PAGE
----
4. Whilst over supply is an issue at some clubs, I'd argue that the point about perception still stands. The perception of the sport being one that "can't be that good if you're selling it for that" isn't helping is fill the other half of the ground. Whilst Huddersfield games are usually half empty, selling season tickets at half the price of an annual Netflix subscription arguably a part of the problem. How can a sport that is as good as we try to claim it is be worth so little?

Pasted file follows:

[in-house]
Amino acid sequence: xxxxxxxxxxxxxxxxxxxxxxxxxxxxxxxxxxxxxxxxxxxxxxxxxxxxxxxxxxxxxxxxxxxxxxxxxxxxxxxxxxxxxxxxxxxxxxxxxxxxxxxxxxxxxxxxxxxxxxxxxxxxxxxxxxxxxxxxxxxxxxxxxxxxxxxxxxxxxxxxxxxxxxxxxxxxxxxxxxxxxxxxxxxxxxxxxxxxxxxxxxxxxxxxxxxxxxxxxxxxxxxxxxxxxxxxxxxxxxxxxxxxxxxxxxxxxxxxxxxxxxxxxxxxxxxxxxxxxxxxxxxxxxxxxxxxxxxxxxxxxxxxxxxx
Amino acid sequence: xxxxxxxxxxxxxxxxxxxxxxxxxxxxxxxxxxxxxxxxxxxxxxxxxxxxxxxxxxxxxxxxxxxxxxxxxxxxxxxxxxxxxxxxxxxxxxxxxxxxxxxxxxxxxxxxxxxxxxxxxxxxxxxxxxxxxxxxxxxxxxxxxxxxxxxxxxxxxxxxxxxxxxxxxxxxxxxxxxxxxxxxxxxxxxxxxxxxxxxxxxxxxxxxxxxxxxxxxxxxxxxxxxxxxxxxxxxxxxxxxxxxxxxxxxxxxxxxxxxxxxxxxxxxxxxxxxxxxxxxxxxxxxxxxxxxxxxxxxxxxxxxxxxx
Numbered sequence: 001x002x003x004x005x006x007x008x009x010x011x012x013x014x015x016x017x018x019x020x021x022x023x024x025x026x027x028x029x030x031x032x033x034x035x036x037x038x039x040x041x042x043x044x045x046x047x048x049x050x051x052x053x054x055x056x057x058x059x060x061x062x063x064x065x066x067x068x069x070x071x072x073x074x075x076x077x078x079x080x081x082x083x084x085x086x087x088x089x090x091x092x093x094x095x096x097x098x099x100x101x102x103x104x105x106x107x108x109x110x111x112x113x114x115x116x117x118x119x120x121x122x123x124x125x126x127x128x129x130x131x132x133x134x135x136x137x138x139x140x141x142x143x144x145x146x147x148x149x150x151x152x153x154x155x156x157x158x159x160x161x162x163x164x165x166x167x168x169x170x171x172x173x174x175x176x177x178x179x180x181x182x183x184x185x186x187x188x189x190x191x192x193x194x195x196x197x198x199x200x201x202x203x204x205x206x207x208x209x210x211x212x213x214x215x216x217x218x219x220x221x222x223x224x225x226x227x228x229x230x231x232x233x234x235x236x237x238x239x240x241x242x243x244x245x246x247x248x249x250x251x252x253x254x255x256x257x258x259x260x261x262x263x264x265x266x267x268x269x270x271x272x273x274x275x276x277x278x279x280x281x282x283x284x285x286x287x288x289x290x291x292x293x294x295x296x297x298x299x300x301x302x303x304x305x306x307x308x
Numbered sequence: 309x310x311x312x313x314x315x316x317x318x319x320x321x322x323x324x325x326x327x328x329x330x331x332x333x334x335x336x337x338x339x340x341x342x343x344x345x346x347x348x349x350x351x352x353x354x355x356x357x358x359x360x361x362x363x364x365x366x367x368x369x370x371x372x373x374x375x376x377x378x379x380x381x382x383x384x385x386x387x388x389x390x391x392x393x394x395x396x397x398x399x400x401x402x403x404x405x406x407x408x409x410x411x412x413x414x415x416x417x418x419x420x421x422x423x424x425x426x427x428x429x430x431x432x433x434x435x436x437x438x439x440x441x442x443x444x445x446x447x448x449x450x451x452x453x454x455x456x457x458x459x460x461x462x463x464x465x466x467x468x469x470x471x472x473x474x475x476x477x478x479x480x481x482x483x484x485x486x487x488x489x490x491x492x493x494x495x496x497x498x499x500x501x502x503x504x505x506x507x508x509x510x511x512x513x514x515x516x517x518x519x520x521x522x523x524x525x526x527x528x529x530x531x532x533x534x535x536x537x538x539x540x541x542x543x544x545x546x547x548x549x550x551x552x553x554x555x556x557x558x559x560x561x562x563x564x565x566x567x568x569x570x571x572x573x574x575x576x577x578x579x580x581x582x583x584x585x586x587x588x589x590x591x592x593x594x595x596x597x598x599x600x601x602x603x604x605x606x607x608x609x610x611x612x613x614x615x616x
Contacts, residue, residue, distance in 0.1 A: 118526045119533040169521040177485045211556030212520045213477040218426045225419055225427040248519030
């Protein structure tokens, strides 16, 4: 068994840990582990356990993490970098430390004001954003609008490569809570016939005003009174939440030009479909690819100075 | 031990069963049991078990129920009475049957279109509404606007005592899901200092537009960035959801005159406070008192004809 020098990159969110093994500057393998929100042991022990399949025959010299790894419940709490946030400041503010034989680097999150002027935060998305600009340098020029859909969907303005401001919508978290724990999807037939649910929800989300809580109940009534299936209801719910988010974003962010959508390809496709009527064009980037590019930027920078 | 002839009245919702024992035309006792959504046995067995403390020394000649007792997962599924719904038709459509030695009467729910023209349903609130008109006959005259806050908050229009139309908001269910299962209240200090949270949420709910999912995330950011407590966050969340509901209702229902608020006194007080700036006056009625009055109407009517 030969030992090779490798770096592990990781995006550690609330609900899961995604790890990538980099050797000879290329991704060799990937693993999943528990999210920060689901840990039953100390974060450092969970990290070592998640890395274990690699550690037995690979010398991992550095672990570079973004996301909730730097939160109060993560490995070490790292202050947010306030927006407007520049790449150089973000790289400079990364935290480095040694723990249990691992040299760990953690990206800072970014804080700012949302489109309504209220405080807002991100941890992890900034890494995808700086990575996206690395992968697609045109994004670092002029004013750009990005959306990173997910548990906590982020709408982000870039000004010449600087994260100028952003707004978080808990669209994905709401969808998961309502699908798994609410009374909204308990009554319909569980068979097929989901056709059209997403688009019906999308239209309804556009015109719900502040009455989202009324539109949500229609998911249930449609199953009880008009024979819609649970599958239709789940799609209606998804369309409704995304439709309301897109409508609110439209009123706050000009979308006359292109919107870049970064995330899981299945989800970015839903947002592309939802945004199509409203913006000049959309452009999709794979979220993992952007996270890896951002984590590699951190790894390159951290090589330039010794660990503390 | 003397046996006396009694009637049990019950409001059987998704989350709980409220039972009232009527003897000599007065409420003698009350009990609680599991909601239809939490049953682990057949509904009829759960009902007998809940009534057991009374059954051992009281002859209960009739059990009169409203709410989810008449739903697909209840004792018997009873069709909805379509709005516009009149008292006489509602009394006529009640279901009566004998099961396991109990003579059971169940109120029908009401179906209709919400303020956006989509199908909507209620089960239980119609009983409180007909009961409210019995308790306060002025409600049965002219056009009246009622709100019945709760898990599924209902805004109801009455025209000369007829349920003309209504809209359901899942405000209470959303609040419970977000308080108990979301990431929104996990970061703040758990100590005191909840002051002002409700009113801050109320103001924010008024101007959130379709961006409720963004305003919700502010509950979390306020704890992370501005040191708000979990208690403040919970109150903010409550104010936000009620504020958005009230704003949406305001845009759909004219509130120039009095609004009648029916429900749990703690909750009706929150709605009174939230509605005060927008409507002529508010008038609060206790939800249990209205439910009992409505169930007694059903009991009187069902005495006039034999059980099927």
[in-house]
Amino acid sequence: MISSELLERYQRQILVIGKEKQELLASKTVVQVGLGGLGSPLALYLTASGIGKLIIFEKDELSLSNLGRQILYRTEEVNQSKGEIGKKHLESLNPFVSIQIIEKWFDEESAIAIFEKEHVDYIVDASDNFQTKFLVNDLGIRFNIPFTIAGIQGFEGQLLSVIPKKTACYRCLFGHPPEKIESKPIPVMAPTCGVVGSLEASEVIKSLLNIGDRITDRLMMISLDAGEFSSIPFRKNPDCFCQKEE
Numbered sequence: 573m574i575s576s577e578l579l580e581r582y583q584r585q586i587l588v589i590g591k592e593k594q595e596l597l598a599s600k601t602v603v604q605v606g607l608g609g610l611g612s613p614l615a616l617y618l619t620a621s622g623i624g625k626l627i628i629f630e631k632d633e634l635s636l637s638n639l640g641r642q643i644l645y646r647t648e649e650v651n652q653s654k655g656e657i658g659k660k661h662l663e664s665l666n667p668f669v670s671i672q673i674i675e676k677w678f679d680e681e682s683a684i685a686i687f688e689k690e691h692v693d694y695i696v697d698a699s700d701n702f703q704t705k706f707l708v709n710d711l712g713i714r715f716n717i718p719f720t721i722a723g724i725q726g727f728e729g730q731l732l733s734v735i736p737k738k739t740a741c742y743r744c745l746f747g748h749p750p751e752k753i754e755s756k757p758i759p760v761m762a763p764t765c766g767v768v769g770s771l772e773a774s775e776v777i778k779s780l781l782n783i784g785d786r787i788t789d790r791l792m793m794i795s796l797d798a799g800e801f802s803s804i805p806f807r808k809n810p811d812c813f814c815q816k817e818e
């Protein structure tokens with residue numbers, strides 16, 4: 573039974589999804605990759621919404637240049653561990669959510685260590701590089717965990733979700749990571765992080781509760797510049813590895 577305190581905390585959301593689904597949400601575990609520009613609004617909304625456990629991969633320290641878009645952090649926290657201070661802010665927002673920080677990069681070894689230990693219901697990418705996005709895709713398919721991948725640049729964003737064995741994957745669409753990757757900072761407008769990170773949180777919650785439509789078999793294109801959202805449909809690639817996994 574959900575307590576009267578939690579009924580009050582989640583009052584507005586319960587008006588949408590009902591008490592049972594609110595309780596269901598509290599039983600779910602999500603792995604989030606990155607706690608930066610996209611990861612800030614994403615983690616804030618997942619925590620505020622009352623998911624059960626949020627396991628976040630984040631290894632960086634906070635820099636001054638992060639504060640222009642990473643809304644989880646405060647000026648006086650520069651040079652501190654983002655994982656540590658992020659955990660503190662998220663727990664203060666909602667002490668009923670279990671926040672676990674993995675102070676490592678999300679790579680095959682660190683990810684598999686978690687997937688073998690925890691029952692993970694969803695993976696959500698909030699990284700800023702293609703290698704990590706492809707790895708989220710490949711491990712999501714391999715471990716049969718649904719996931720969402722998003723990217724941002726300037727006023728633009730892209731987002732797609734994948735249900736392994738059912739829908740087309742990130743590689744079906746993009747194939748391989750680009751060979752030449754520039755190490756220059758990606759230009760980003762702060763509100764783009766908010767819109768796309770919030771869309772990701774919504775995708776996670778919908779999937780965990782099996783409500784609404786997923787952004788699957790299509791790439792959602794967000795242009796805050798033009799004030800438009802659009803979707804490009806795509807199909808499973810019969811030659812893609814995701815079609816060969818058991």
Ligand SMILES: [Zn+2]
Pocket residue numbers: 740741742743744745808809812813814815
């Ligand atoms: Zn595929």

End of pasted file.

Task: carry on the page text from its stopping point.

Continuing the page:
5. Matchday experience means different things to different people, but enhancing that reduces the reliance on the game on the field alone being good enough to get them to come back. This is simple variance management. Let's assume, for example, that around 50% of RL games are good and 50% are pretty forgettable. Now take four new fans going to two games each. Fan 1 sees two good games. Fan 2 sees a good game and a bad game. Fan 3 sees a bad game and a good game. Fan 4 sees two bad games. Fan 1 is fine - he's hooked. Equally, fan four is never coming back. Fans 3 and 4 are less certain. They might come back, they night not. Fan 3 many not come back after his first game, whilst fan two may have lost interest at game two. Of the four fans you've spent money to attract, you've lost three of them. That's why it's important to serve those fans more than a game and deliver an experience, because the experience can mitigate the bad game. It disarms the objection of "I won't bother going, it might be rubbish" and turns it into "yeah, go on then, I had a decent laugh last time". That's what Toronto "get", and it's why people who to "the crowds will vanish when they start losing" really don't understand how this works. If you're like Grubrats and only want to go for the game, that's fine, but it means the game needs to find a lot more of people like Grubrats and, with respect, I doubt there are many out there that we haven't already found. This isn't made up guff - this is what successful hospitality businesses do. Nobody goes to McDonalds because it is any good - they go there because you never have a bad McDonalds. As for pricing, there's a body of evidence out there that raising prices, in the right contexts, can actually increase sales. I've done it with clients, despite their own natural instincts. What we do in RL is tell people "this is a great sport" and then sell it at a rock bottom price. It's very hard to convince someone what we're a great sport when you do that because people know that great sport costs more than £18-20. In the same sense, if you tried selling a brand new BMW for £10k, people would think something was wrong with it. Either we need to change the message, or sell the tickets more confidently. It's easier to sell a ticket to an event worth £30 for £30 than it is to say "it's a £30 event but you can have it for £15", because people will assume something is wrong with it and you can't sell it. Similarly, it's easier to sell a night out at an elite sporting event at £30 than it is for a tenner because, at a tenner, people think that the event can't be that good so it isn't worth the effort of going out when there is something good on Netflix. But yeah, bother with any of that? It sounds like hard work and it's easier to just blame the RFL, right?